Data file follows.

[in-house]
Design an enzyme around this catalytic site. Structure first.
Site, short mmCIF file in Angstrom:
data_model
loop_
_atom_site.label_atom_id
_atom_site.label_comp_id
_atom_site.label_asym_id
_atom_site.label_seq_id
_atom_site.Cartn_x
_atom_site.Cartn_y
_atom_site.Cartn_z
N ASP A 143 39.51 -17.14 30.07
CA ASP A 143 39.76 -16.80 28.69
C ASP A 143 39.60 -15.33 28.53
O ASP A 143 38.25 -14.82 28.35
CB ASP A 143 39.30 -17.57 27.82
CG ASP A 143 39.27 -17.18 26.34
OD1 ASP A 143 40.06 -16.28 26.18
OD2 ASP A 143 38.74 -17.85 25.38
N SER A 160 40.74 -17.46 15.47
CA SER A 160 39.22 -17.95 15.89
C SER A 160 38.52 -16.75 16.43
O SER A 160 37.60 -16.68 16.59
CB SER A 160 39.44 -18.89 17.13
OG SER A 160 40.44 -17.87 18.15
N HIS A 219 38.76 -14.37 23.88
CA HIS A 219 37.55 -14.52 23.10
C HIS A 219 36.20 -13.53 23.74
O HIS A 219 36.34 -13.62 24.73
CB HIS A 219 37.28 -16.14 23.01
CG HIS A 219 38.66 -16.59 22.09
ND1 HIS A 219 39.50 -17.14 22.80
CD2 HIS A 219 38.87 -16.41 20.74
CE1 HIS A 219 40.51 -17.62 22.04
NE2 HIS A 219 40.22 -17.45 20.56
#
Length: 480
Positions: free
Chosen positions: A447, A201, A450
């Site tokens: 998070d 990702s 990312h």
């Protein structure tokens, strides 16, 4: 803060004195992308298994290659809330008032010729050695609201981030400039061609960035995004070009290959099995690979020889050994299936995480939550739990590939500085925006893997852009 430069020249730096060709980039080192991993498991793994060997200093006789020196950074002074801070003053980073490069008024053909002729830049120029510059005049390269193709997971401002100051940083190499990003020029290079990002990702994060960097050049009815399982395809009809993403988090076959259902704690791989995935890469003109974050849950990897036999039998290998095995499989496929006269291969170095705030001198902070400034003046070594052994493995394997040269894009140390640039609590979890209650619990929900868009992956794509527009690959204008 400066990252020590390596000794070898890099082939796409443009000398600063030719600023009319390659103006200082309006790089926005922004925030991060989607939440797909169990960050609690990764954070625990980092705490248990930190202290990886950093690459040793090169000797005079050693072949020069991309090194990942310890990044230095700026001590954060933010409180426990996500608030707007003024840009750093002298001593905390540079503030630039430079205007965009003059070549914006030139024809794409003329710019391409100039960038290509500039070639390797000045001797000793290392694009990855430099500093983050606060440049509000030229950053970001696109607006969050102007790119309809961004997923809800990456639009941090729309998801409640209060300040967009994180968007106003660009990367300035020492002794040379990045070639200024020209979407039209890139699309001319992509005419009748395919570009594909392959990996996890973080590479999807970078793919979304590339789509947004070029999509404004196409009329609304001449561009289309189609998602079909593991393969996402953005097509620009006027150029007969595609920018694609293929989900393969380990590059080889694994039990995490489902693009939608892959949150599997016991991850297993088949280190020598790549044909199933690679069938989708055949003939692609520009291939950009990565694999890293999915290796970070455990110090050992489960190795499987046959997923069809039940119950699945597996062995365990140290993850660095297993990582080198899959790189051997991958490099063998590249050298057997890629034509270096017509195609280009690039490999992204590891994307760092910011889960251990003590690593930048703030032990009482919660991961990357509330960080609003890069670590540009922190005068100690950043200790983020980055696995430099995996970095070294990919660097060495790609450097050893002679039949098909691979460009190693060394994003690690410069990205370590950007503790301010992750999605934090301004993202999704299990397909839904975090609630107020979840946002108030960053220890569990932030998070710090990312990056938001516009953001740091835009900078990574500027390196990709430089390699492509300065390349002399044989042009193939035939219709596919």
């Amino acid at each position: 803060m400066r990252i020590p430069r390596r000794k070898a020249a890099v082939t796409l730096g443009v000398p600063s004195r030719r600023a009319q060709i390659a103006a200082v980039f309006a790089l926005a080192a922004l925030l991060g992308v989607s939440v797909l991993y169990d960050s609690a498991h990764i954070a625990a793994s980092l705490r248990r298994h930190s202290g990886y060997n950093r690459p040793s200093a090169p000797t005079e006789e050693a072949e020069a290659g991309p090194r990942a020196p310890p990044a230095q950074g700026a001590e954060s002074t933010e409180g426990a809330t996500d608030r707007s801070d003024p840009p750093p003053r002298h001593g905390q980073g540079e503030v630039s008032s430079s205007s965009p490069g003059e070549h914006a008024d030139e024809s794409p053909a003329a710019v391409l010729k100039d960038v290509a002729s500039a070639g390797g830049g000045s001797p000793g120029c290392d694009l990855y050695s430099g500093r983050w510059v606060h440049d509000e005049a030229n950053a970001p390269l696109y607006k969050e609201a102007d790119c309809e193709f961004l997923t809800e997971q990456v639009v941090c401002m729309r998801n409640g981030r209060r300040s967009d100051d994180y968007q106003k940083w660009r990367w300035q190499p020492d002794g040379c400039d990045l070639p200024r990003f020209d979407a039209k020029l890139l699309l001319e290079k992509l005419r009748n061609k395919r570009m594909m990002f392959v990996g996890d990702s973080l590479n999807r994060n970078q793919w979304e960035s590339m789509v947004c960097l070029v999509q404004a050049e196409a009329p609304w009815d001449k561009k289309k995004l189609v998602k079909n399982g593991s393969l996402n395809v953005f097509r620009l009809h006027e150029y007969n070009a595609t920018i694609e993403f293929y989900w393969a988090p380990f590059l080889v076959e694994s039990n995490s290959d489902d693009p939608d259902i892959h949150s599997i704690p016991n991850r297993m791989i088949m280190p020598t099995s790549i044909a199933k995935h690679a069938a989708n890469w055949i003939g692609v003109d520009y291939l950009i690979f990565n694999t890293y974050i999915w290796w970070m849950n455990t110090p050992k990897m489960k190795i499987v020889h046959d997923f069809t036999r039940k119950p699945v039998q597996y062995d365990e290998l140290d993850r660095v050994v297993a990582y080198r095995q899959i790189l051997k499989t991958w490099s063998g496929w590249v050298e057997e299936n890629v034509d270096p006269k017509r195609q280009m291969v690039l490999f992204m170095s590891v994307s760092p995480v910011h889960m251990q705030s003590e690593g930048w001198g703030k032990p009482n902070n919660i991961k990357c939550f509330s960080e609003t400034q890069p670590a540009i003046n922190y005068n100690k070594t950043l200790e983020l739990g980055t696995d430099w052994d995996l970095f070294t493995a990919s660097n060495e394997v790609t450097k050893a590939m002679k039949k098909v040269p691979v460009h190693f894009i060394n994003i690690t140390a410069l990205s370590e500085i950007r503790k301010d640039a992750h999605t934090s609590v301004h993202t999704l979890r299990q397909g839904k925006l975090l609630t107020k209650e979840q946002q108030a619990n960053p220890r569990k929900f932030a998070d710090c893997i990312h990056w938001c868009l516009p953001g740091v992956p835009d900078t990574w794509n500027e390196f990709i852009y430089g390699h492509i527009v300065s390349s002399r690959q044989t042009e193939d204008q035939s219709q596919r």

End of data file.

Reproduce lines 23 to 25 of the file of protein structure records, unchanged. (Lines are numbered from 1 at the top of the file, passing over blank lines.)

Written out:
C SER A 160 38.52 -16.75 16.43
O SER A 160 37.60 -16.68 16.59
CB SER A 160 39.44 -18.89 17.13